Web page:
Shudder Review: Shook (2021)

Directed by: Jennifer Harrington. Starring: Daisye Tutor, Emily Goss, Nicole Posener. Runtime: 1h 28 min.

In the latest social media satire, the Shudder Original, Shook, it features fitting use of the title. After a social media influencer, Genelle (played by real-life influencer Genelle Seldon) is murdered in the opening scene by a serial killer, our main character Mia (Daisye Tutor), in reaction to the news says, deadpan to her livestream, “I’m shook.”

She then monologues that this is a time for selfless acts, so she’s going to babysit Chico, a dog owned by her sister Nicole (Emily Goss), instead of going to a livestream with her friends. These bits of satire are solid, and some are funny – especially the opening scene when Mia and Genelle are being photographed on the red carpet for their followers, only for it to be revealed they’re on a makeshift red carpet against a plain building in an empty parking lot.

This cements the commentary that people are different online than in person. This commentary is nothing new so it keeps Shook from entirely being its own thing, but the satirical writing is fine. However, it does lose some bite as the film goes on to shift focus to the slasher aspect of the film.

That aspect starts with Mia dog-sitting. She then gets a strange friend request from one of her neighbours, and then the neighbour calls her on the phone and the games begin, forcing her into life-or-death questions where she has to pick who lives between her friends (including Nicola Posener as Lani; Stephanie Simbari as Jade; and Octavius J. Johnson as Mia’s boyfriend Santi).

This turns into a mix of other films, most notably Wes Craven’s Scream with its structure and especially a more underwhelming version of Ghostface on the phone asking Mia questions. Instead of horror film trivia, he asks her questions that are more mundane, but tie into the story neatly. Also coming to mind is a film called Don’t Hang Up where two online prank bros get punished for their dangerous pranks as the tables are turned on them.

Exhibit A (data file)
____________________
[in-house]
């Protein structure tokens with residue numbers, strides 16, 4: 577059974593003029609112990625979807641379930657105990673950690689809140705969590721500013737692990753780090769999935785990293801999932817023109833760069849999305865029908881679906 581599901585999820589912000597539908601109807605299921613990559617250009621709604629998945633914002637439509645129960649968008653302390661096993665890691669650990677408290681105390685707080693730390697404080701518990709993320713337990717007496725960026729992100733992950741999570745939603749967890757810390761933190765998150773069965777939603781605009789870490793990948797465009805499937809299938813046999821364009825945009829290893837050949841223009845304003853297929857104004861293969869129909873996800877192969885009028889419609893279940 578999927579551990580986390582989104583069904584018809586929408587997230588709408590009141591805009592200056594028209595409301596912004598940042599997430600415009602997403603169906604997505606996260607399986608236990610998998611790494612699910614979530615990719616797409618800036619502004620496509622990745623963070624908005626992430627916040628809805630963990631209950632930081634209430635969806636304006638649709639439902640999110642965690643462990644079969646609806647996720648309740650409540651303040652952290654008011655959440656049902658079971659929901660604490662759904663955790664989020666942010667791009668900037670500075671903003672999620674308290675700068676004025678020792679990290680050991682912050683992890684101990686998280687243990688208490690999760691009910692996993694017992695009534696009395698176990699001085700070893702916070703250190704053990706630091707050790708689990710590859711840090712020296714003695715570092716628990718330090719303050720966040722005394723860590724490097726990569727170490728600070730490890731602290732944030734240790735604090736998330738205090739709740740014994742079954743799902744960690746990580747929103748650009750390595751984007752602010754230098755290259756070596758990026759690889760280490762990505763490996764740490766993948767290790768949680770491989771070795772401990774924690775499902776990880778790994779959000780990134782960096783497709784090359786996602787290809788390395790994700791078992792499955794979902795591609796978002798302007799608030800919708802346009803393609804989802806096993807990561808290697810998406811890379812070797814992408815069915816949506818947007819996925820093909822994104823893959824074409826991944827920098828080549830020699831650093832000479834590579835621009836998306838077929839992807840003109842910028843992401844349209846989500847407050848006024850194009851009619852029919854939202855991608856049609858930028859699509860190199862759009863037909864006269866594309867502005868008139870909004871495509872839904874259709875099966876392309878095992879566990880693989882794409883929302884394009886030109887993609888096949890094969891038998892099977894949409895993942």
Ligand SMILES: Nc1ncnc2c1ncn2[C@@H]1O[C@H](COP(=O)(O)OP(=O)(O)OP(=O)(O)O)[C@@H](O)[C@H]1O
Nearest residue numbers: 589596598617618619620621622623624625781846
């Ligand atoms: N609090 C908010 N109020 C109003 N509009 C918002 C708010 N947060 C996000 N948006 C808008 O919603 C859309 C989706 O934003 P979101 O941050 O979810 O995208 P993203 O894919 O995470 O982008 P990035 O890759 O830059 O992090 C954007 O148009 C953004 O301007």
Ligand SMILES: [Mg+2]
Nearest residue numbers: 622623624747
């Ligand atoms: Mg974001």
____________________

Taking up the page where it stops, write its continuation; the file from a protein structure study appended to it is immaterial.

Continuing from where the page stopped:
Daisye Tutor in Shook. (Courtesy of Shudder.)

Some directorial decisions by Jennifer Harrington are neat here, especially the film’s visual style when Mia receives texts, at one point the text showing up on her front door like the Magic 8 ball animation. Other times there are characters beside her as she reads the text – though at one point this gets strange when she hears someone and she imagines them licking her ear… Also, while much of the writing is flat during the runtime, the third act has a development that intrigued me once we learned the villain’s motives.

It’s also where the baffling aspects of the film come into play in terms of plot holes or just annoying developments, like the sense that the killer is not even letting Mia decide and just pre-killing the friends since it doesn’t make sense how the villain does everything so seamlessly and maneuvers around unseen. In Scream it makes sense because Wes Craven came up with an answer for (mostly) every plot hole. Here, it’s not so clear, so you’ll just have to forgive a lot more to find enjoyment.

The main unsettling aspect, and not in a good way, is the dog serial killer who really has no place in the film other than to motivate Mia to dog sit. A scene where we’re shown uncomfortable, unnervingly realistic photos of dogs on “news websites” about the killer makes it apparent we could have done without this sub-plot as there are only throw-away mentions throughout the film.

As for the good horror, while we don’t see every single kill which disappoints; we get to see the main samples of violence for each one. There’s also decent cringe horror within some of Mia’s tasks that I liked; making it inch closer somewhat to Saw, though it never feels like it officially crosses that threshold into the “torture porn” sub-genre.

Shook simply feels mediocre at its core. It works on a surface level as a commentary on social media, showing how fundamentally different people can be from their online personas, but the villain’s motives bog it all down and confuse its satire. As well, some of Mia’s decisions make her unlikable at times. By the end she does seem to be an improved person; one who might react to the madness of this evening and say “I’m Shook” with at least some conviction.

Score: 50/100

Shook is a Shudder Original that began streaming on Shudder in all territories (U.S., Canada, U.K., Australia and New Zealand) on Feb. 18, 2021.

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